Contrary to what some people may think (see my Magico M5 blog), I did listen to other ultra-high-end speakers besides the Magico M5 at this year's CES, and after the M5 the two I thought best (there is a third but you will have to wait for our show issue to learn what it is) were the $68k Wilson MAXX Series 3 driven by Boulder electronics and the $45k Vandersteen Model Seven driven (marvelously) by Aesthetix electronics and the Clearaudio Statement turntable (there was no digital source in the room).
Although both speakers took me utterly by surprise, I'll begin with the Vandersteen since it is such a dramatic departure from previous Vandersteen designs.
Technologically, the Model Seven is a huge step away from 70s/80s thinking into the twenty-first century for designer Richard Vandersteen, who has been working on this project for better than three years. As Robert has already noted in his blog on this speaker, the powered 12" woofer in the "New School" Model 7 is the same as the woofer in the "Old School" Model 5, but just about everything else is different. The midbass, midrange, and tweeter are now made from a three-layer carbon-fiber/balsa wood/carbon-fiber sandwich (an unusual combination but, when you think about it, not really that much different than a carbon-fiber/Rohacell sandwich).
The pretty little enclosure is made entirely from carbon fiber, five layers of "skin" bonded to a carbon-fiber skeleton. There is an "ambience tweeter" on the back of the Seven, which Richard Vandersteen says you can use if it helps (although he generally doesn't).
Since I brought my own vinyl to the show I can comment with some confidence about the sound of the Model Seven, which was just as revolutionary as its build. On Norah Jones' "Come Away With Me" (from Live From Austin Texas), for example, the Seven sounded very neutral, open, and high in resolution, with exceptional low-level dynamic nuance on Jones' voice and excellent control in the bass. (This is a cut that can test woofers, easily making them sound out-of-control since the Fender bass is, in fact, rather too big and fat. Here the bass was just right and superbly integrated with the rest of the speaker.) There was no sense of a cottony scrim overlaying the sound and obscuring very-low-level detail, as there has been (for me, at least) in previous Vandersteen models. Indeed, I wrote down in my notes: "Right up there with the MAXX III for best intro at CES." There was a liveliness, presence, and breathiness to the sound, without a hint of darkness. Though they weren't quite as "there" or as "transparent" as MartinLogan CLXes or Magico M5s, the Sevens were nonetheless superb--the Audio Research of full-range transducers.
The Wilson MAXX Series 3, on display in two rooms driven by Boulder electronics and Lamm electronics, was just as surprising, innovative, and impressive to me as the new Vandersteen Seven.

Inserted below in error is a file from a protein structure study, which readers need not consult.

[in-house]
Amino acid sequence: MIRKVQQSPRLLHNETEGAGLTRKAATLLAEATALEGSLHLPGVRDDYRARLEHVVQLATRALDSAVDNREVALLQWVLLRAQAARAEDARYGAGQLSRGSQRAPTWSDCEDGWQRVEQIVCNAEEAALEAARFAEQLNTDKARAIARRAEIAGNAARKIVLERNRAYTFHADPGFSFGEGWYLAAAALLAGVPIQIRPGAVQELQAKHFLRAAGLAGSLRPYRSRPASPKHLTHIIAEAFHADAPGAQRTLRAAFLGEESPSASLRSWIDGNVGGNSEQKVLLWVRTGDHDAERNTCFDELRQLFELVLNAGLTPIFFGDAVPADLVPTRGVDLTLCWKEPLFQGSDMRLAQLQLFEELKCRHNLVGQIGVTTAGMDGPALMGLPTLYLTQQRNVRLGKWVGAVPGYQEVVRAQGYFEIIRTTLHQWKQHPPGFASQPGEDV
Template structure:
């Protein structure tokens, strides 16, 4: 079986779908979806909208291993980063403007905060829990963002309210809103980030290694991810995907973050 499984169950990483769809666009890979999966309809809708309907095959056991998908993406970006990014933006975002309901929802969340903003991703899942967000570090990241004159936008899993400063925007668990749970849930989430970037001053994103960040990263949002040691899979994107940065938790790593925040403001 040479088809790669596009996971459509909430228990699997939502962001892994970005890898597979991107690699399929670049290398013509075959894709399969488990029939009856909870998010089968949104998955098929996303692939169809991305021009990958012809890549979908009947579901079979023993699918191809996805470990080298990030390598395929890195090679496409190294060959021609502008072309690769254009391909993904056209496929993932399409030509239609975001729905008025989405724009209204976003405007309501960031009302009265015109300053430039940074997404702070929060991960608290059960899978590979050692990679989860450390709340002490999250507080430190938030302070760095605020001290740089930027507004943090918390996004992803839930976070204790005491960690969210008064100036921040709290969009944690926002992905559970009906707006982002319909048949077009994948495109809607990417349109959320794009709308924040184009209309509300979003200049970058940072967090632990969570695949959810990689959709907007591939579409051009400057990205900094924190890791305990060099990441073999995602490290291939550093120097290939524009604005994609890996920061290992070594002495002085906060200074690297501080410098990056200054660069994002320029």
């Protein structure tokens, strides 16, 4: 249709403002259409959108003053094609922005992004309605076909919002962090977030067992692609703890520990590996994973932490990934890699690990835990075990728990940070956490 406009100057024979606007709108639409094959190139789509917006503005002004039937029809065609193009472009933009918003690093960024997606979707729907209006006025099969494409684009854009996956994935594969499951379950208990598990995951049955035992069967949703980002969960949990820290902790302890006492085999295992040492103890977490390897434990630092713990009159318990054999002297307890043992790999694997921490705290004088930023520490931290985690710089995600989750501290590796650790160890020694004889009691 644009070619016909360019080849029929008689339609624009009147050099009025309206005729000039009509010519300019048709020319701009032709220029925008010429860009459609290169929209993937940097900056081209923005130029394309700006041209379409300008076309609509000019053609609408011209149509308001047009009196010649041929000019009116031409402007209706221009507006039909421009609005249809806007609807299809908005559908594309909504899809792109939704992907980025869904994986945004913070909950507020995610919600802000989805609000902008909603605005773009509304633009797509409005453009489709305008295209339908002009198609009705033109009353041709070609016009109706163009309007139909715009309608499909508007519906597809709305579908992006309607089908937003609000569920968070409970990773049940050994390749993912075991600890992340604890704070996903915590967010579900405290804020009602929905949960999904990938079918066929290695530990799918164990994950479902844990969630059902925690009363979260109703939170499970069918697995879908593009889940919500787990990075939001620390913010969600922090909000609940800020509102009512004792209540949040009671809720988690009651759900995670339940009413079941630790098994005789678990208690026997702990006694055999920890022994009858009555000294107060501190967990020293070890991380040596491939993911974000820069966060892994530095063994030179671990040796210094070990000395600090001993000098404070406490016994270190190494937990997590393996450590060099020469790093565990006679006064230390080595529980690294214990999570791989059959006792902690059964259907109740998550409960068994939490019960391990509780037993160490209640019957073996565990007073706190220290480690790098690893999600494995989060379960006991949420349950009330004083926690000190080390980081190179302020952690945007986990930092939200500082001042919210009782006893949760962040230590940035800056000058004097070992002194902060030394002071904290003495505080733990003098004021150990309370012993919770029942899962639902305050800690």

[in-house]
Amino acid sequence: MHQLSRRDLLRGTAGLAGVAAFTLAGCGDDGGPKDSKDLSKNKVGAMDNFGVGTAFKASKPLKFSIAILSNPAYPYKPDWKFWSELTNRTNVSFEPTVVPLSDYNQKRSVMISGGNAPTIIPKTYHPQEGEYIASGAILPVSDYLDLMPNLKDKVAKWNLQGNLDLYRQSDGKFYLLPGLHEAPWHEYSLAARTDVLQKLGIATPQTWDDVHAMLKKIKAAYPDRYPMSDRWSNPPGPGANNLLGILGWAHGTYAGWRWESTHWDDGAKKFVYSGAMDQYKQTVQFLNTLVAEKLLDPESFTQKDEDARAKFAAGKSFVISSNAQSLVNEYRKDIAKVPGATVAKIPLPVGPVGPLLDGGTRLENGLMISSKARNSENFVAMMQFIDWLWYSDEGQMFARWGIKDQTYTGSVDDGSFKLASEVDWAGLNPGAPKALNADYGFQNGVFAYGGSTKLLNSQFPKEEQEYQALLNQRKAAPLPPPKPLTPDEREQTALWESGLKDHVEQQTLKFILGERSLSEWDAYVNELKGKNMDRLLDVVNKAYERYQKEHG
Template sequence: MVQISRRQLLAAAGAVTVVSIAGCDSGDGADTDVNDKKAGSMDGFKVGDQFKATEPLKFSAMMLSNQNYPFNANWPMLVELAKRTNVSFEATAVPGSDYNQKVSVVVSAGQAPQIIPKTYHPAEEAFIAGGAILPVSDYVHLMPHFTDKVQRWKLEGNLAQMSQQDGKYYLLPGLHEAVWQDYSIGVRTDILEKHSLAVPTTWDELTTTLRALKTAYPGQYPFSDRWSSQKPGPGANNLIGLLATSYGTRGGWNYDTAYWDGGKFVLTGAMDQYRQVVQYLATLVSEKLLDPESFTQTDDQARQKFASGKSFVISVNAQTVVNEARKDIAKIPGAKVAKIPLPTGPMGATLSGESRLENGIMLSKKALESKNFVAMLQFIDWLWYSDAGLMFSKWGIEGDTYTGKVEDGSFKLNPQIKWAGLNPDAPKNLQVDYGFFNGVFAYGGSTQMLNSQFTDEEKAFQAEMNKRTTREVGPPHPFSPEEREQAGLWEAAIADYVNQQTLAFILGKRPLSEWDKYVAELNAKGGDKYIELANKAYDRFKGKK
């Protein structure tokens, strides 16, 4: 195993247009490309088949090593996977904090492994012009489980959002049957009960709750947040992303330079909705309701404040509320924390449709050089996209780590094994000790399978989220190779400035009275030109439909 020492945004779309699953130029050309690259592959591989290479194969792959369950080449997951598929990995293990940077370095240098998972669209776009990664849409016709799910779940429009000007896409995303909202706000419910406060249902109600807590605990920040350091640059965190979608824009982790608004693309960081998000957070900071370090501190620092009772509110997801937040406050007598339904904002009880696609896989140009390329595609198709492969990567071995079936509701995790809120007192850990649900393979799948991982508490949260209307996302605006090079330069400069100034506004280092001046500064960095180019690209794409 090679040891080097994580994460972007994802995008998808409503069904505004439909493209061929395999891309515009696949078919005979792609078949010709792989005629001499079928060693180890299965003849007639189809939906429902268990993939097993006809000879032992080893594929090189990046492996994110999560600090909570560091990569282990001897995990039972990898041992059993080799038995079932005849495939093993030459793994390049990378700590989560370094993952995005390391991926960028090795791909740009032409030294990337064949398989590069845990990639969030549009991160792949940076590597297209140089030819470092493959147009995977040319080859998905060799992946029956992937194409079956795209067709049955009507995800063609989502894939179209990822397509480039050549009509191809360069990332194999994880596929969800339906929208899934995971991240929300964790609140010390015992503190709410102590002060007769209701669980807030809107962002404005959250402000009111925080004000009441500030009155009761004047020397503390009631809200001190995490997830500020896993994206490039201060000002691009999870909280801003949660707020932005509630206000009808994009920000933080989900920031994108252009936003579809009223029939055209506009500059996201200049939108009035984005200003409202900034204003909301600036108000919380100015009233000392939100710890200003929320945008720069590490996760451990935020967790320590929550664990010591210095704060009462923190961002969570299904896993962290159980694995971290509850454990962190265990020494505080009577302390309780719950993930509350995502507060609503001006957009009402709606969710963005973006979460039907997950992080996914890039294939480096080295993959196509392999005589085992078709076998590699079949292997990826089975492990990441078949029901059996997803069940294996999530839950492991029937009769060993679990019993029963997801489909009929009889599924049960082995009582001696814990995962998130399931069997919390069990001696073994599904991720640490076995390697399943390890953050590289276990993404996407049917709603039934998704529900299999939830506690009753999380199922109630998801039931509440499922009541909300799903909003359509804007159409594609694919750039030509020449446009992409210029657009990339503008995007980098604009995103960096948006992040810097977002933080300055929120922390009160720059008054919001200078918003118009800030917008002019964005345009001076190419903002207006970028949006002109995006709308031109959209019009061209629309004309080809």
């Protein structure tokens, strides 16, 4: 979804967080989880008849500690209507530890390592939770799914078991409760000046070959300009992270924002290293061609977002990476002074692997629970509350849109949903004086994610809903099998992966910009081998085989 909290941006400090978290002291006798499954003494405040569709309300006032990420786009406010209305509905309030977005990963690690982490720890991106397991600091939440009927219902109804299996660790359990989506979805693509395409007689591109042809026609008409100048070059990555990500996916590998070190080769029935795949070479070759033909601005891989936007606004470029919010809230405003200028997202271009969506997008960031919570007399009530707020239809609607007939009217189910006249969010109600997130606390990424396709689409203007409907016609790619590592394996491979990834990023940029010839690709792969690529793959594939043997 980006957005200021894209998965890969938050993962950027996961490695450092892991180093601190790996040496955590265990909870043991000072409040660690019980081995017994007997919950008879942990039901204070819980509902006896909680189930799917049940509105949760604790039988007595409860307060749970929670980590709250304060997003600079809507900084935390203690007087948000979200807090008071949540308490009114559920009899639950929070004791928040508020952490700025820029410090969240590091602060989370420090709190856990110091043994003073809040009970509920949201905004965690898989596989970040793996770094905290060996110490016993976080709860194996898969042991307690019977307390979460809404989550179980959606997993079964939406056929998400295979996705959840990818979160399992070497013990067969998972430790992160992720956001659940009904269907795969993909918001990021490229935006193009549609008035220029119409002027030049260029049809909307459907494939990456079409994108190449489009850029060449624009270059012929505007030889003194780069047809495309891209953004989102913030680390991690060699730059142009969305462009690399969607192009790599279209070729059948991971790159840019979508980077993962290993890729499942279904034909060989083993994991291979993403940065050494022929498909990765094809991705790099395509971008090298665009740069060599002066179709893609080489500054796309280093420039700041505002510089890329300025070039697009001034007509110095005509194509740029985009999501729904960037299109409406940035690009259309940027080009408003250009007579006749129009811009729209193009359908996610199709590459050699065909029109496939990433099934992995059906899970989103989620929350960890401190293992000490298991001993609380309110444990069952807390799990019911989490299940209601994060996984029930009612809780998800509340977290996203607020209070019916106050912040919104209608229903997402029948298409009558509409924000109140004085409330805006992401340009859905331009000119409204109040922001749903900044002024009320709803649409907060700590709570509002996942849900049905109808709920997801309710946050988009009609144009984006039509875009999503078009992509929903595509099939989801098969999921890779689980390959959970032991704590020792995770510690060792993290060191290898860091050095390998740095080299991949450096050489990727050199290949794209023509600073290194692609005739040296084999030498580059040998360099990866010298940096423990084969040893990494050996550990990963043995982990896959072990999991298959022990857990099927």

Using technologies developed for the Alexandria II, the MAXX III now has two rotatable/forward-backward-adjustable head units (housing separate midrange/tweeter combos) that purportedly allow the listener to maximize group delay by precisely time-aligning the mids/tweets to the listening position. (This idea isn't new. Four or five years ago I reviewed the Ascendo M-S loudspeaker, which also allowed for time-alignment of its drivers via an ingenious forward/backward-adjustable head unit.)
The MAXX Series 3 also uses new midrange units ("simplified" versions of the mids in the Alexandria 2), relocates the crossover to the bass module, and employs X-material. Outside of the M5 I'd have to say that the Wilson MAXX Series 3 was the best sound I heard at CES 2009.
In the past big Wilson loudspeakers have generally sounded a bit "Old School" to me--which is to say, designer-colored. Always sensationally detailed and fantastically, almost aggressively dynamic, they were also a bit "hi-fi" with a hot mid-treble, virtually no top treble, a huge midbass, and an overall darkish palette. This profile made for a sensationally visceral and detailed presentation, but not a particularly neutral one--like the sound of studio monitors blown up to giant size.
Well...that ain't the case anymore. The Series 3 is the most neutral Wilson I've ever heard (understand I haven't heard the Alexandria Series 2), flat in frequency response, neutral in color, spacious in dimensionality, and still highly detailed. Gone are the studio-monitor-like aggressiveness and darkness and forwardness. On a cut like "Rainy Night in Georgia," the 3s reproduced Captain Luke's big bass baritone with extraordinary realism. (This is a big dark voice that can sound too dark and chesty and smoothed of throaty detail on many speakers--not here. Here the balance of chest and throat were just right. Same story on Dean Martin's voice.)
I would have to say that the Wilson (at least in the Boulder room,where it sounded more neutral but less purely beautiful than it did in the more-gorgeous-sounding but darker Lamm room) was just a mite mechanical for all its virtues--just a little dry and clinical compared to, oh, a TAD Model One (although more realistic than a Model One). Still this was nothing like past Wilsons. Here were a spaciousnes and a sense of ease that I've never before heard from a Wilson Audio speaker, with no loss of Wilson's famous high resolution. Add to this a superb soundstage and no sense of boxiness in the sense of the physical presence of the enclosures--although the very slight sense of mechanical dryness could have been due to the material the box is made of--and you have the second-best sound at what was, in fact, a great-sounding trade show.